Packaged Goods and Fall / Winter TIFF Bell Lightbox Highlights!

October 13, 2012 | By

Be patient. This gets referenced near the end of this blog.

The latest installment of Packaged Goods screened this past Wednesday at the TIFF Bell Lightbox, spotlighting The Evolution of the Music Video, or rather, how social media has transformed the format from videos exclusive to weekly shows and specialty channels to works that feed off ideas from fans.

It’s a tighter interaction between musicians and their admirers, but it’s still a daunting mass of people with ideas and comments that need to be winnowed down to something digestible. Perhaps the ultimate result of being surrounded by too much information – factual, anecdotal, solely opinion-based – is that we’ve become better personal editors. Instead of sifting through a mass of material, we take glances, strategic peeks, and look for something subjectively interesting instead of going through everything that’s out there.

Then comes the sorting process of what’s relevant before grouping things so there’s a point of reference for bands to figure out what ideas can be spun into new material – either the reinterpretation of a song, or crafting a new video based on the most interesting fan creations – namely the stitching together of fan videos to remake Gotye’s “Somebody That I Used to Know” into “Somebodies.”

That’s part of what was sampled this week, alongside ideas stemming from technical innovations, like crafting a video based on 37,000 still images of fans mimicking the rehearsed motions of band members for C-Mon & Kypski’s “More is Less.”

Satirical videos bookended the entire programme with Psy’s “Gangnam Style” playing to the trapped audience at the beginning, and The Response’s “Klingon Style” closing things out (and uplifting the tone after Spiritualized’s brutal “Hey Jane” video). [Note: I was trapped in the cinema and had no choice, but I’m giving you the choice to access the videos of your own accord.]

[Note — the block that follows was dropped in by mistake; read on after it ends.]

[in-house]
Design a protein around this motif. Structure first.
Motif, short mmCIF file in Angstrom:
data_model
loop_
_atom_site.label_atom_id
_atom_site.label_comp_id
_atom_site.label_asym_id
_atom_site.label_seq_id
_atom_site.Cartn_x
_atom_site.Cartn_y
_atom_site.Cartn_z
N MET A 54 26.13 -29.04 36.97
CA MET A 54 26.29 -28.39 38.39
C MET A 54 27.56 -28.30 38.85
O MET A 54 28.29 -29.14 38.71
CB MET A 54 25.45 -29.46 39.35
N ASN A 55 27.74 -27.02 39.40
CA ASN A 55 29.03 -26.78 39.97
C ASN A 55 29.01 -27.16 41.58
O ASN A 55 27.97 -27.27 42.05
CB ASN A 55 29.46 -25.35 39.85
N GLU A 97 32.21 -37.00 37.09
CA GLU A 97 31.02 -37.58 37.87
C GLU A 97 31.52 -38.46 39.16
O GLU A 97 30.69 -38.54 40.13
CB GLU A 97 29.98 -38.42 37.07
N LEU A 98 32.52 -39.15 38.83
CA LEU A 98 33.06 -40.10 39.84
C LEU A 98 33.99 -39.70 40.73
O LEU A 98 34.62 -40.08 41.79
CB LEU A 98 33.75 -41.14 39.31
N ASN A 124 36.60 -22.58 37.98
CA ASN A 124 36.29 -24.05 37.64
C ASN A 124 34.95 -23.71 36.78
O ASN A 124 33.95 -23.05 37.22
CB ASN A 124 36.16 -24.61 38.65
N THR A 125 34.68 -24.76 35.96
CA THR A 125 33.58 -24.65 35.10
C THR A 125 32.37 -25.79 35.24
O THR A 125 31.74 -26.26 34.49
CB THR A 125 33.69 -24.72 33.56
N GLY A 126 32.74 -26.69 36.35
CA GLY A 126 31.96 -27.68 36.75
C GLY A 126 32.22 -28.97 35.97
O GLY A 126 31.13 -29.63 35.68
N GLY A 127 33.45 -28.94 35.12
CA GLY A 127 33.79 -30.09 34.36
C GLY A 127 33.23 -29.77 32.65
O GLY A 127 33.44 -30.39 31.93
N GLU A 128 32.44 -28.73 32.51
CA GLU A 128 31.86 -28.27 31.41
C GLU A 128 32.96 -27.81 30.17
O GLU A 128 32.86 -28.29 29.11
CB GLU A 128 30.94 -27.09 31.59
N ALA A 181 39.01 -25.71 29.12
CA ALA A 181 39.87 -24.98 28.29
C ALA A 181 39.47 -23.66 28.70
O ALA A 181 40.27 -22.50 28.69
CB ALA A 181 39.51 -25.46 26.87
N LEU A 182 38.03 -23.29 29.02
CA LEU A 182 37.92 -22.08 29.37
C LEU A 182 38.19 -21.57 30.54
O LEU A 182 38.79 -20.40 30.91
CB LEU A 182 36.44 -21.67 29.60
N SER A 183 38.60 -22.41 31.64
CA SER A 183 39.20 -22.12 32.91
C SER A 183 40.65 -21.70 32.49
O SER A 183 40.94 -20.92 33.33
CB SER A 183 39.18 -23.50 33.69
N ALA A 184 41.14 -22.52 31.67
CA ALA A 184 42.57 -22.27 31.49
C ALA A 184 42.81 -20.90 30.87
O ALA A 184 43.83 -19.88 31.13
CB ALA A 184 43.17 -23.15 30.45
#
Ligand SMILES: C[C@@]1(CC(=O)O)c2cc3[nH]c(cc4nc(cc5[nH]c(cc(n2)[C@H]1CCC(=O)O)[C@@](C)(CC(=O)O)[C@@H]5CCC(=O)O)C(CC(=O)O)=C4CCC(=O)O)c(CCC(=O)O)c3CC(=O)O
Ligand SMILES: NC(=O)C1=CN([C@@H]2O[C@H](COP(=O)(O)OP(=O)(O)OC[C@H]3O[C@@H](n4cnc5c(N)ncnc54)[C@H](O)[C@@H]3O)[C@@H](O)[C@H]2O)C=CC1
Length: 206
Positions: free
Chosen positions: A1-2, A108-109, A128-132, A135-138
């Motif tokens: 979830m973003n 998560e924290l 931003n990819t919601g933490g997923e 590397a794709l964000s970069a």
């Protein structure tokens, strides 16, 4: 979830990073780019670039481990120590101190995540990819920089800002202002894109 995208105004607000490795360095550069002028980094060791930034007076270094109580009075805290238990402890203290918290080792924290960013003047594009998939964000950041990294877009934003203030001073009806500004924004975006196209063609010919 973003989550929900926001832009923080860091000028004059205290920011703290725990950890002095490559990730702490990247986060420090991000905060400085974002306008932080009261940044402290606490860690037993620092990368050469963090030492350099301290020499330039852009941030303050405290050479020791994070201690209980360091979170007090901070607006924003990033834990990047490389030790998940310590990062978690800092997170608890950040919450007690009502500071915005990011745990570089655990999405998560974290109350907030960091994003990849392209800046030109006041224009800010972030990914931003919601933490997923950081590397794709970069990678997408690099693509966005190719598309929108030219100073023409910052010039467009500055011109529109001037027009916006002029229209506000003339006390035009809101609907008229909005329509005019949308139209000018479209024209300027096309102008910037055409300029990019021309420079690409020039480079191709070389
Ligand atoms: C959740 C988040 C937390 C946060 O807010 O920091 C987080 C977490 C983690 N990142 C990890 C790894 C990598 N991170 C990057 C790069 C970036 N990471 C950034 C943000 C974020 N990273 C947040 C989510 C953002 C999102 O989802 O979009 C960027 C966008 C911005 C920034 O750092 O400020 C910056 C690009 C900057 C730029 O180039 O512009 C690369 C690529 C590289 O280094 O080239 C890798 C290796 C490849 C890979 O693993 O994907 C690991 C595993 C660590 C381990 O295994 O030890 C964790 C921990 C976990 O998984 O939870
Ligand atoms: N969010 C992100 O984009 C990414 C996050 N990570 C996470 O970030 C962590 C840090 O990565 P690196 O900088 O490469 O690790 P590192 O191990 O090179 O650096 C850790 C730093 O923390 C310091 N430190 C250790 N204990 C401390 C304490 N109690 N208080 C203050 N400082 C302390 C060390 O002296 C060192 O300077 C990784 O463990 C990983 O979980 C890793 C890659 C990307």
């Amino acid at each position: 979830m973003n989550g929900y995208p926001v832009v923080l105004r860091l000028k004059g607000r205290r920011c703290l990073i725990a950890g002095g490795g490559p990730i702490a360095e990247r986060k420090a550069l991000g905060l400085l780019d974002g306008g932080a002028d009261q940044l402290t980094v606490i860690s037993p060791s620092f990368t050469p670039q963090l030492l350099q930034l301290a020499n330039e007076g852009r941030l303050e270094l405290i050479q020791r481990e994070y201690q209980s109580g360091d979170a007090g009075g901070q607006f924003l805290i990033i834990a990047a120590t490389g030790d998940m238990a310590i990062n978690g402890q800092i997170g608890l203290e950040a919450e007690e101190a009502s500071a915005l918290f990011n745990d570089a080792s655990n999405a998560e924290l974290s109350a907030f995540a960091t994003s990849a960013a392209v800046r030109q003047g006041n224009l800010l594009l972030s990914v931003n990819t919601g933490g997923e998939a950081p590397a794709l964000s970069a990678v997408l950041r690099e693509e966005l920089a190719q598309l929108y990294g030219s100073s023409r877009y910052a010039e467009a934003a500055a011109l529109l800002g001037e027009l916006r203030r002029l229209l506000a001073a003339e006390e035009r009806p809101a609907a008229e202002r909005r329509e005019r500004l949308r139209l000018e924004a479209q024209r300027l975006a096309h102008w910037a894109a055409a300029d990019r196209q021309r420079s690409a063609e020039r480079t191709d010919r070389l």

Interactivity was evoked in Chairlift’s “Met Before” via a Choose Your Own Adventure setup in which a character goes through a pair of options; and more loosely as characters partaking in an interactive event in Young Empire’s “White Doves” (a hero-couple flee from a stream of fire across a barren urban landscape), and Linkin Park’s “Lost in the Echo” (strangers converging in a ruined – and fascinating – Detroit theatre where they eventually become the photos of dead relatives they just revisited). The latter video was reportedly released in an interactive version where Facebook users could appear in the video as one of the characters who meet the Death-like manipulator.

Other videos included samplings of music apps, videos sponsored by corporations via contests (Clement Picon’s beautifully animated version of Radiohead’s “Reconker”), ‘live’ performances (the one-take “You Are a Tourist” by Death Cab for Cutie with retro visuals), and videos with more dramatic storylines told in non-narrative format (Sigur Ros’ “Fjogur Piano,” co-starring a sometimes nude Shia LaBeouf) and hard narrative for Spiritualized’s “Hey Jane.”

Each group was preceded by an intro from curator Rae Ann Fera, and the installment was capped with a brief Q&A with director Miles Jay, regarding his work on several interactive projects (some of which perhaps ought to have been sampled to contextualize key references). Only qualms: Jay’s interminable use of “like.” [Head’s up: Vistek sells a notch filter – The Quantum “No-Like” Q-VI –  for $250 that places a silent footprint over the word using a logic-precision chip by Farfellion that’ll fix the issue, should the overuse if “like” arise with future guests.]